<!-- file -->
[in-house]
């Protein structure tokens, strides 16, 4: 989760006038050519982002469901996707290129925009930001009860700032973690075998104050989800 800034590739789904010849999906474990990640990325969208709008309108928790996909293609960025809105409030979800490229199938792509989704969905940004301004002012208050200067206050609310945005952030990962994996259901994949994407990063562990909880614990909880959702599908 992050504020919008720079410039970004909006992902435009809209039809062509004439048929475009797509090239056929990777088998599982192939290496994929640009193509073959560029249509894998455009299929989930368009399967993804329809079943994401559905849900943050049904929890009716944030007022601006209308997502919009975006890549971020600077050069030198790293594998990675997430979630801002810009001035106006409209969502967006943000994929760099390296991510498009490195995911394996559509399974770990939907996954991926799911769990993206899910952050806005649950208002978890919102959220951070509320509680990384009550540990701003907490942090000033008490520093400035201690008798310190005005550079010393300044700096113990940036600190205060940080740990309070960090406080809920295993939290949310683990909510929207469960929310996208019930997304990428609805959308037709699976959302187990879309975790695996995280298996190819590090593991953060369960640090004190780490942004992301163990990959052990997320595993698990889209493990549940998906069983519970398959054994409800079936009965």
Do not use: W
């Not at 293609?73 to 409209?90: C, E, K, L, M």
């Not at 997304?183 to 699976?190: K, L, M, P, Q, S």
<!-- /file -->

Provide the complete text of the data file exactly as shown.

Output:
[in-house]
């Protein structure tokens, strides 16, 4: 989760006038050519982002469901996707290129925009930001009860700032973690075998104050989800 800034590739789904010849999906474990990640990325969208709008309108928790996909293609960025809105409030979800490229199938792509989704969905940004301004002012208050200067206050609310945005952030990962994996259901994949994407990063562990909880614990909880959702599908 992050504020919008720079410039970004909006992902435009809209039809062509004439048929475009797509090239056929990777088998599982192939290496994929640009193509073959560029249509894998455009299929989930368009399967993804329809079943994401559905849900943050049904929890009716944030007022601006209308997502919009975006890549971020600077050069030198790293594998990675997430979630801002810009001035106006409209969502967006943000994929760099390296991510498009490195995911394996559509399974770990939907996954991926799911769990993206899910952050806005649950208002978890919102959220951070509320509680990384009550540990701003907490942090000033008490520093400035201690008798310190005005550079010393300044700096113990940036600190205060940080740990309070960090406080809920295993939290949310683990909510929207469960929310996208019930997304990428609805959308037709699976959302187990879309975790695996995280298996190819590090593991953060369960640090004190780490942004992301163990990959052990997320595993698990889209493990549940998906069983519970398959054994409800079936009965």
Do not use: W
């Not at 293609?73 to 409209?90: C, E, K, L, M």
């Not at 997304?183 to 699976?190: K, L, M, P, Q, S």